Universities are meant to be institutions that encourage the pursuit of higher learning. Today, more than ever, information is accessible. A responsive site gives access to more of a web site via mobile than a lighter, separate mobile site. Why wouldn’t prospective students with a thirst for knowledge want the maximum amount of accessibility?
Critique from a Mobile Standpoint
Let’s begin with the positive side of things. The page loads quickly, and I appreciate the high-resolution images in the mobile-friendly banner. In the banner, each photo links to a corresponding video. Incorporating different types of media on the site is a nice touch.
In addition, the main navigation (About, Academics, Admissions, Faith & Service) all fit within the screen upon page load without the need to scroll. However, on the desktop site, when clicking on one of these options the page scrolls to the corresponding section. On the mobile site, a new page loads. I don’t think this strategy on the mobile site is as user-friendly, as users have to wait for a new page to load.
My favorite aspect of the mobile homepage is the secondary navigation (Menu, Mobile, and Search).
Firstly, the “Menu” opens as a dropdown menu, rather than loading an entirely new page. By cutting out a step, users are likely to find what they are looking for more quickly. The “Search” also opens within the same page, but hides when you don’t need it. In my opinion, this is a great principle for usability- it’s there when you need it, not when you don’t. Finally, the “Mobile” option sends users back to the standard Notre Dame mobile site: m.nd.edu. This not only gives the users the option of the full site or mobile site, but it also allows Notre Dame to track how successful the responsive strategy is for users. If the data suggests that most people are continuing to the separate mobile site, they may need to rethink the concept. I, for one, would be very interested in seeing this data. I have often seen mobile sites with the “Go to Full Site” option but not the other way around.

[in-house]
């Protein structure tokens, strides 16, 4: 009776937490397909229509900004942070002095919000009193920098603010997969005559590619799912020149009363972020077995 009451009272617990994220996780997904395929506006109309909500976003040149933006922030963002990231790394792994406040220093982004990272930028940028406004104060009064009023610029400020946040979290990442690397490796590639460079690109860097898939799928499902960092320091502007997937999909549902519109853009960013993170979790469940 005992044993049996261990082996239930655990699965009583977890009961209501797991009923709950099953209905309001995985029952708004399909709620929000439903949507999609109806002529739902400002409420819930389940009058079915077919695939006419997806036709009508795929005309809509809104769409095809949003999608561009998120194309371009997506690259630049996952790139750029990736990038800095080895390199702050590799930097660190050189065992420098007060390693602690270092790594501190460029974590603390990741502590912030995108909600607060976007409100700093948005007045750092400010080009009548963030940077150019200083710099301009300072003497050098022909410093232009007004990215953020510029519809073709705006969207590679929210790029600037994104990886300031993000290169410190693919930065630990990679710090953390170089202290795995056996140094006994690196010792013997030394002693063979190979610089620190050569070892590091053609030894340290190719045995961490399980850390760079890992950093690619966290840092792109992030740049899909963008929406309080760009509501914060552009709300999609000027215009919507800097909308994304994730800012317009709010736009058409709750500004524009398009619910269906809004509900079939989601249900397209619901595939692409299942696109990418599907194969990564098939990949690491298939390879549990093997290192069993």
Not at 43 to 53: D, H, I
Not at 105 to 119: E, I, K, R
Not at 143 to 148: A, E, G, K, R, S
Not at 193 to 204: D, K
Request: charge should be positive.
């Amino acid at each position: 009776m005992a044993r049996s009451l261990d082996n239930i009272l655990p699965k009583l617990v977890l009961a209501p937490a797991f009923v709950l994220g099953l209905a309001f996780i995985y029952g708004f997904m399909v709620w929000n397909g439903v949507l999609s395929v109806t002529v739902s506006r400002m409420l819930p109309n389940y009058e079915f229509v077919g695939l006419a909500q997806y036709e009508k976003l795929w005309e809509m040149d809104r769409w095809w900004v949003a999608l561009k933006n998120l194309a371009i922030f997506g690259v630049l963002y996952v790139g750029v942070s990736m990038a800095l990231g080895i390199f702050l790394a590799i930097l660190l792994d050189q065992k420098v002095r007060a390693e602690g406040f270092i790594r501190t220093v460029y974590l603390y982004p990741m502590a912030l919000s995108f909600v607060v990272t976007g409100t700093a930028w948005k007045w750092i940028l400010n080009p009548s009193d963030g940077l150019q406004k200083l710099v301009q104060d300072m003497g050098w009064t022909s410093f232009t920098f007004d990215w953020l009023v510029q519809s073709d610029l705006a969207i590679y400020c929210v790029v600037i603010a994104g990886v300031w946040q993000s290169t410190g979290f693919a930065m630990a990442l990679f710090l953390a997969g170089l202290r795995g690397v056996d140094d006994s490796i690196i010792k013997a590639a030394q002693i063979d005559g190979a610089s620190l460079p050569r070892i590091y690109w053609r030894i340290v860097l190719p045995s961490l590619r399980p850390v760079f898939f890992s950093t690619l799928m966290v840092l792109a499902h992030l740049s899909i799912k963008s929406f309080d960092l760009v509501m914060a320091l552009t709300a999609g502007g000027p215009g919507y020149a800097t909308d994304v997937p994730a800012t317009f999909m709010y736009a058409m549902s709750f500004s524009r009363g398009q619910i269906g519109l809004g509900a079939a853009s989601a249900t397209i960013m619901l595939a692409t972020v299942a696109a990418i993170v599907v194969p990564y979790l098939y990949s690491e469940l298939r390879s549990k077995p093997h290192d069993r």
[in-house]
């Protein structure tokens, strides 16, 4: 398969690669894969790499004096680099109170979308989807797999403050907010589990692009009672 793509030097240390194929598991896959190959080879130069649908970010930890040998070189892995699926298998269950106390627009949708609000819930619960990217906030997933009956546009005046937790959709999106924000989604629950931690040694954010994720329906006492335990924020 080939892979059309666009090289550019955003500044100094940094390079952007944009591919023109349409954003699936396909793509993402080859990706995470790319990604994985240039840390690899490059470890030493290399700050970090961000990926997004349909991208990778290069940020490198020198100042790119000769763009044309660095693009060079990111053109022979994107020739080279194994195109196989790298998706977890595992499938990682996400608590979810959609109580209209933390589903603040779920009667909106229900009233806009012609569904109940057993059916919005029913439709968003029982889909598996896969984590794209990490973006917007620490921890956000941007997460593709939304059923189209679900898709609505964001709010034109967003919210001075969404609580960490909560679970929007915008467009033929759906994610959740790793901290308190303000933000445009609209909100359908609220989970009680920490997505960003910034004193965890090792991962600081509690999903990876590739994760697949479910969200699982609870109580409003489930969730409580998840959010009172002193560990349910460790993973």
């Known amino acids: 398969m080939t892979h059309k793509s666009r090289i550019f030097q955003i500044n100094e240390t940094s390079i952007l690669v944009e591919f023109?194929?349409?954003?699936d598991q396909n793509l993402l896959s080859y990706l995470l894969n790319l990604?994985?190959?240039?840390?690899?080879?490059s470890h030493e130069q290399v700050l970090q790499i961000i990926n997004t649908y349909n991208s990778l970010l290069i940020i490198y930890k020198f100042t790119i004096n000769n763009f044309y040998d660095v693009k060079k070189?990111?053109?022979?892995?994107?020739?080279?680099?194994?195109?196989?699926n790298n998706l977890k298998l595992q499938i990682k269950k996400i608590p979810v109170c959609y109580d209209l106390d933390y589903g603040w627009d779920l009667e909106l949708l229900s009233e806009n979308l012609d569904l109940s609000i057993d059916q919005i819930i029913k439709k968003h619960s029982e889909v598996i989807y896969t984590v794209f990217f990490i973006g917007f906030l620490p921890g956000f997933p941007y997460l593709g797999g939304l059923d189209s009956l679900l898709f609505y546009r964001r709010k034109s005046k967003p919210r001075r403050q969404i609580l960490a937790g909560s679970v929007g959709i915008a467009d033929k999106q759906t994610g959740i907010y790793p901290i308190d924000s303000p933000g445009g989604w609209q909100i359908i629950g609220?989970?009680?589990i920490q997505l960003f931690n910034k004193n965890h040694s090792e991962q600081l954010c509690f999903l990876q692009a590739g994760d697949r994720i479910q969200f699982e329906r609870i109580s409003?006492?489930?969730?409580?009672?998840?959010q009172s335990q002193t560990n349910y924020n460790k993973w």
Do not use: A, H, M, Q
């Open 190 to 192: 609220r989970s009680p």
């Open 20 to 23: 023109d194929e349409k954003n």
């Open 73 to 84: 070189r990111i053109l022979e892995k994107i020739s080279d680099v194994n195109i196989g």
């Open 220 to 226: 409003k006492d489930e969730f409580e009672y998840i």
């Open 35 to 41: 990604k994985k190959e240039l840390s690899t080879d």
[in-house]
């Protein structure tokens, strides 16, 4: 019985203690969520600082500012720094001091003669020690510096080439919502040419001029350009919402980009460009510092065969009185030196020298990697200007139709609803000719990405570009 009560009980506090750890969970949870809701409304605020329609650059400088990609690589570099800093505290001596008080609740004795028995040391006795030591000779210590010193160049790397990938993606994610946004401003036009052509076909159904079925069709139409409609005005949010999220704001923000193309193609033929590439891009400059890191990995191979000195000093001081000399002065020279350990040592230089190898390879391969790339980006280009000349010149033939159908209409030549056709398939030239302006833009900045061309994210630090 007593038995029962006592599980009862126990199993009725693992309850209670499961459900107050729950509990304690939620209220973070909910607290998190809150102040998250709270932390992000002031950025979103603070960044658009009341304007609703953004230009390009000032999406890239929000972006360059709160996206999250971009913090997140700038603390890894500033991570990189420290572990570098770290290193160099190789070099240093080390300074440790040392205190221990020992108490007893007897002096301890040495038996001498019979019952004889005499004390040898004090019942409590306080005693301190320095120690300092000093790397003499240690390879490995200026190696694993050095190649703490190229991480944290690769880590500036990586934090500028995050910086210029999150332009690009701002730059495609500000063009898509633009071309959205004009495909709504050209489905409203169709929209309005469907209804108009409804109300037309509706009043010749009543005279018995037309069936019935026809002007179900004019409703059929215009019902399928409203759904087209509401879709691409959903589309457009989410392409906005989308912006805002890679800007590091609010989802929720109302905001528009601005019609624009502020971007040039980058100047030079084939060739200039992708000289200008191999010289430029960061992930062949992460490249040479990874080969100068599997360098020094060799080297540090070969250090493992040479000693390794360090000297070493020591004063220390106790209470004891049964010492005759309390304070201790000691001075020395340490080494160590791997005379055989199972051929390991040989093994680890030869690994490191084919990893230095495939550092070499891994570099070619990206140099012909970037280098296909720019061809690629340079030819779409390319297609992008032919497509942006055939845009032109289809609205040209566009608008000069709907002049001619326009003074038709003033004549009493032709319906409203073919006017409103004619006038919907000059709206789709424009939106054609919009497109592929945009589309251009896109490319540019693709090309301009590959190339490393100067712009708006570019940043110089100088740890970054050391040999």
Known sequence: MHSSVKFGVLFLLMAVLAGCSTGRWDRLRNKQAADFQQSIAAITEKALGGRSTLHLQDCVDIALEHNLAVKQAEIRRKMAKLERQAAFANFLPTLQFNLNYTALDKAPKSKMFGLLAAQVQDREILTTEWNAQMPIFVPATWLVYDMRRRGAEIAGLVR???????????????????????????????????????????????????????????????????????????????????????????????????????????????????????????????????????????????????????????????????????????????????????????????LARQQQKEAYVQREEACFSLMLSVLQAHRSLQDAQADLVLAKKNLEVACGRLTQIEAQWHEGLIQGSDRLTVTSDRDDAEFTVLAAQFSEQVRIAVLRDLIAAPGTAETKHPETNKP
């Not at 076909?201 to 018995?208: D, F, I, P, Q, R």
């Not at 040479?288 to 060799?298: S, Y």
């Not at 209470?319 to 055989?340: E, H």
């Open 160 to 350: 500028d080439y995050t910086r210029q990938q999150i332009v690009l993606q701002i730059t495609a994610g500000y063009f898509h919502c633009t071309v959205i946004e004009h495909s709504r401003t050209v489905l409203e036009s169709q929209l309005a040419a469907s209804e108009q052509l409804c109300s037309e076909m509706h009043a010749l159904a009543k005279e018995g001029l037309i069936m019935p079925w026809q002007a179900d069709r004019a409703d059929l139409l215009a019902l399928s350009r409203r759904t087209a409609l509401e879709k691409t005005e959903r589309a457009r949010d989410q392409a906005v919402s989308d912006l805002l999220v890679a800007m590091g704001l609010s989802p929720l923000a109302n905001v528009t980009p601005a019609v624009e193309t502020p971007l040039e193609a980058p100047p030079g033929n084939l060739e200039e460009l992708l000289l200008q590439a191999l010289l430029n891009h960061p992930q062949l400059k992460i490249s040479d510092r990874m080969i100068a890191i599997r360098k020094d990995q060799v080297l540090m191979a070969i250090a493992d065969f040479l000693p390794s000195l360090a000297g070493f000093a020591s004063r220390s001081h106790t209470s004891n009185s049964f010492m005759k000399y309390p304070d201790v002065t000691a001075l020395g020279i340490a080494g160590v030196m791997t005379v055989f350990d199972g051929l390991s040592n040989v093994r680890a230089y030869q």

Next we have two images and two headlines with Notre Dame current events. The images, once again, are high resolution and the news is actually current. I can’t tell you how many times I have seen a “Latest News” section on a site that hasn’t been updated in over a year. Keeping up with a current events section suggests attention to detail and care, two aspects that are very important to users who may be looking to buy.
I was surprised by the “Tour Locations” button, as it also opens in the same page. Once again, it’s there when you need it but not when you don’t.